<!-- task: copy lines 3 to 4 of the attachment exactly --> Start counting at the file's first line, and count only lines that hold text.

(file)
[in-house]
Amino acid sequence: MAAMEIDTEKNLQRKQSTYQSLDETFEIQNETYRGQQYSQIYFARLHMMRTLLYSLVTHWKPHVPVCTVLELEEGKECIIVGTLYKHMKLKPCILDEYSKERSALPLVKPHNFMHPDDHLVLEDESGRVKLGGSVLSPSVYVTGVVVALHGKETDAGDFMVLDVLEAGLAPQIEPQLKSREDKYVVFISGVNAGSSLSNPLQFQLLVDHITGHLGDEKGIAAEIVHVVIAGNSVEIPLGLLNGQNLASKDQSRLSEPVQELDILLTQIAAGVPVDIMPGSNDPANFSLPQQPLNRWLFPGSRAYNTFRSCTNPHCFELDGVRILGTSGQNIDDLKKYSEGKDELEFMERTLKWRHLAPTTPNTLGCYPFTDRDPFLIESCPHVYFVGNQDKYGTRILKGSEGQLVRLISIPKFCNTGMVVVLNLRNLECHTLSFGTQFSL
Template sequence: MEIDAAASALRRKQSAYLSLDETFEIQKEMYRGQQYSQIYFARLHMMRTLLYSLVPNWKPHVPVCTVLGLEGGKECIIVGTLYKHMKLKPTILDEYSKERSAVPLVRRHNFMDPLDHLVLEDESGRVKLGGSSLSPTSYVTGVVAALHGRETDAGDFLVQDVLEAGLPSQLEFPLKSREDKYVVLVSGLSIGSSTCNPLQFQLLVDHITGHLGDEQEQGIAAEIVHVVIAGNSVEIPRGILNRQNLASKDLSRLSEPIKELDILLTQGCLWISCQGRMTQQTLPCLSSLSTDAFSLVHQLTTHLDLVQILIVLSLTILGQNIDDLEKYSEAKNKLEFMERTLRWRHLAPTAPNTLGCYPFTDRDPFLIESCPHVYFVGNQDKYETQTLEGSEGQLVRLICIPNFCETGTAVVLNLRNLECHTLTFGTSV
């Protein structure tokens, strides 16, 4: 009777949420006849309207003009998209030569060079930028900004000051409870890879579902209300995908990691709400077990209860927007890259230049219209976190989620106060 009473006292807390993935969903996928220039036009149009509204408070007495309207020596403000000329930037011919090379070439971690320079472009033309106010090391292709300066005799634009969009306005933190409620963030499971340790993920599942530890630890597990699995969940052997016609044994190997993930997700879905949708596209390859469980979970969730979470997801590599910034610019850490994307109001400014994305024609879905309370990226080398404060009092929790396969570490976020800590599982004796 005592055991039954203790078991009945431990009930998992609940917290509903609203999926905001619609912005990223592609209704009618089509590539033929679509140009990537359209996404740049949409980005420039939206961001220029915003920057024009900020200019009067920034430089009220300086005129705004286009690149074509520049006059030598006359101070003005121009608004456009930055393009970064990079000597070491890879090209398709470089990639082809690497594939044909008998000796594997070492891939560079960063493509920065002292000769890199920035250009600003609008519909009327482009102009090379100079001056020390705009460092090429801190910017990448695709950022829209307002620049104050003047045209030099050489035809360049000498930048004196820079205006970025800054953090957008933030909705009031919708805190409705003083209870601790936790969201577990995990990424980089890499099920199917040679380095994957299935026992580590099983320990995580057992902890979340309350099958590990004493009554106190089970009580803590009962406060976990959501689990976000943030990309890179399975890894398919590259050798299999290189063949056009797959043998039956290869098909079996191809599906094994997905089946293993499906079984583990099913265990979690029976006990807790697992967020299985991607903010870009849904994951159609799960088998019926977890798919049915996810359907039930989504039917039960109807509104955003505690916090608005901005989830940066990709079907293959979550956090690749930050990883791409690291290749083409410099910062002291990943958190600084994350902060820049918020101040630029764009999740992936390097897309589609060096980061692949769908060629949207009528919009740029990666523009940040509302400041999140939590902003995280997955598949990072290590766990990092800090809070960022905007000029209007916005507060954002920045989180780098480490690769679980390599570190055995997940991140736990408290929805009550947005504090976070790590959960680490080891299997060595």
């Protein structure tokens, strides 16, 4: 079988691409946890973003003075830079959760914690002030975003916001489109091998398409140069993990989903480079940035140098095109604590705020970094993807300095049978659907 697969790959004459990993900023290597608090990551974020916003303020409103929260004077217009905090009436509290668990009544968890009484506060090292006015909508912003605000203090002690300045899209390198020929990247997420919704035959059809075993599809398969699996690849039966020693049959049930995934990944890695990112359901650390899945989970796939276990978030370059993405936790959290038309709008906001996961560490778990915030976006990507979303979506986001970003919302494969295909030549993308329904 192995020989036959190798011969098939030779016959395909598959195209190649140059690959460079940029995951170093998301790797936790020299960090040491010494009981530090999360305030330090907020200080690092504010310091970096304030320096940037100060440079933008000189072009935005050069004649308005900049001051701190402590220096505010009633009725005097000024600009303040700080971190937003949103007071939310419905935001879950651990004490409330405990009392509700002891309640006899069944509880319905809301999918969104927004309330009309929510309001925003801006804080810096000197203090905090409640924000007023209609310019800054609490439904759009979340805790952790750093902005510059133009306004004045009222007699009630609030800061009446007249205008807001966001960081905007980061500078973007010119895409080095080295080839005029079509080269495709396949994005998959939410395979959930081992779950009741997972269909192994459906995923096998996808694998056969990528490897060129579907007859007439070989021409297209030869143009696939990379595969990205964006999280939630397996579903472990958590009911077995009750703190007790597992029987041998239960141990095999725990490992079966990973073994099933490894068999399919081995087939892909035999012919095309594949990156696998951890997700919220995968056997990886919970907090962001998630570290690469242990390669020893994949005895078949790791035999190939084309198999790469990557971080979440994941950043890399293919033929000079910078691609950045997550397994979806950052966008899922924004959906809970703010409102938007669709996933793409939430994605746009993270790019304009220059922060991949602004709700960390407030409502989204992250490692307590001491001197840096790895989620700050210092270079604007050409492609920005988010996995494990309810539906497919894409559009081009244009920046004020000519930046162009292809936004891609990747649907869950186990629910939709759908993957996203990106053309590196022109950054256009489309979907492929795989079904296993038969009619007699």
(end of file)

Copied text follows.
Template sequence: MEIDAAASALRRKQSAYLSLDETFEIQKEMYRGQQYSQIYFARLHMMRTLLYSLVPNWKPHVPVCTVLGLEGGKECIIVGTLYKHMKLKPTILDEYSKERSAVPLVRRHNFMDPLDHLVLEDESGRVKLGGSSLSPTSYVTGVVAALHGRETDAGDFLVQDVLEAGLPSQLEFPLKSREDKYVVLVSGLSIGSSTCNPLQFQLLVDHITGHLGDEQEQGIAAEIVHVVIAGNSVEIPRGILNRQNLASKDLSRLSEPIKELDILLTQGCLWISCQGRMTQQTLPCLSSLSTDAFSLVHQLTTHLDLVQILIVLSLTILGQNIDDLEKYSEAKNKLEFMERTLRWRHLAPTAPNTLGCYPFTDRDPFLIESCPHVYFVGNQDKYETQTLEGSEGQLVRLICIPNFCETGTAVVLNLRNLECHTLTFGTSV
């Protein structure tokens, strides 16, 4: 009777949420006849309207003009998209030569060079930028900004000051409870890879579902209300995908990691709400077990209860927007890259230049219209976190989620106060 009473006292807390993935969903996928220039036009149009509204408070007495309207020596403000000329930037011919090379070439971690320079472009033309106010090391292709300066005799634009969009306005933190409620963030499971340790993920599942530890630890597990699995969940052997016609044994190997993930997700879905949708596209390859469980979970969730979470997801590599910034610019850490994307109001400014994305024609879905309370990226080398404060009092929790396969570490976020800590599982004796 005592055991039954203790078991009945431990009930998992609940917290509903609203999926905001619609912005990223592609209704009618089509590539033929679509140009990537359209996404740049949409980005420039939206961001220029915003920057024009900020200019009067920034430089009220300086005129705004286009690149074509520049006059030598006359101070003005121009608004456009930055393009970064990079000597070491890879090209398709470089990639082809690497594939044909008998000796594997070492891939560079960063493509920065002292000769890199920035250009600003609008519909009327482009102009090379100079001056020390705009460092090429801190910017990448695709950022829209307002620049104050003047045209030099050489035809360049000498930048004196820079205006970025800054953090957008933030909705009031919708805190409705003083209870601790936790969201577990995990990424980089890499099920199917040679380095994957299935026992580590099983320990995580057992902890979340309350099958590990004493009554106190089970009580803590009962406060976990959501689990976000943030990309890179399975890894398919590259050798299999290189063949056009797959043998039956290869098909079996191809599906094994997905089946293993499906079984583990099913265990979690029976006990807790697992967020299985991607903010870009849904994951159609799960088998019926977890798919049915996810359907039930989504039917039960109807509104955003505690916090608005901005989830940066990709079907293959979550956090690749930050990883791409690291290749083409410099910062002291990943958190600084994350902060820049918020101040630029764009999740992936390097897309589609060096980061692949769908060629949207009528919009740029990666523009940040509302400041999140939590902003995280997955598949990072290590766990990092800090809070960022905007000029209007916005507060954002920045989180780098480490690769679980390599570190055995997940991140736990408290929805009550947005504090976070790590959960680490080891299997060595």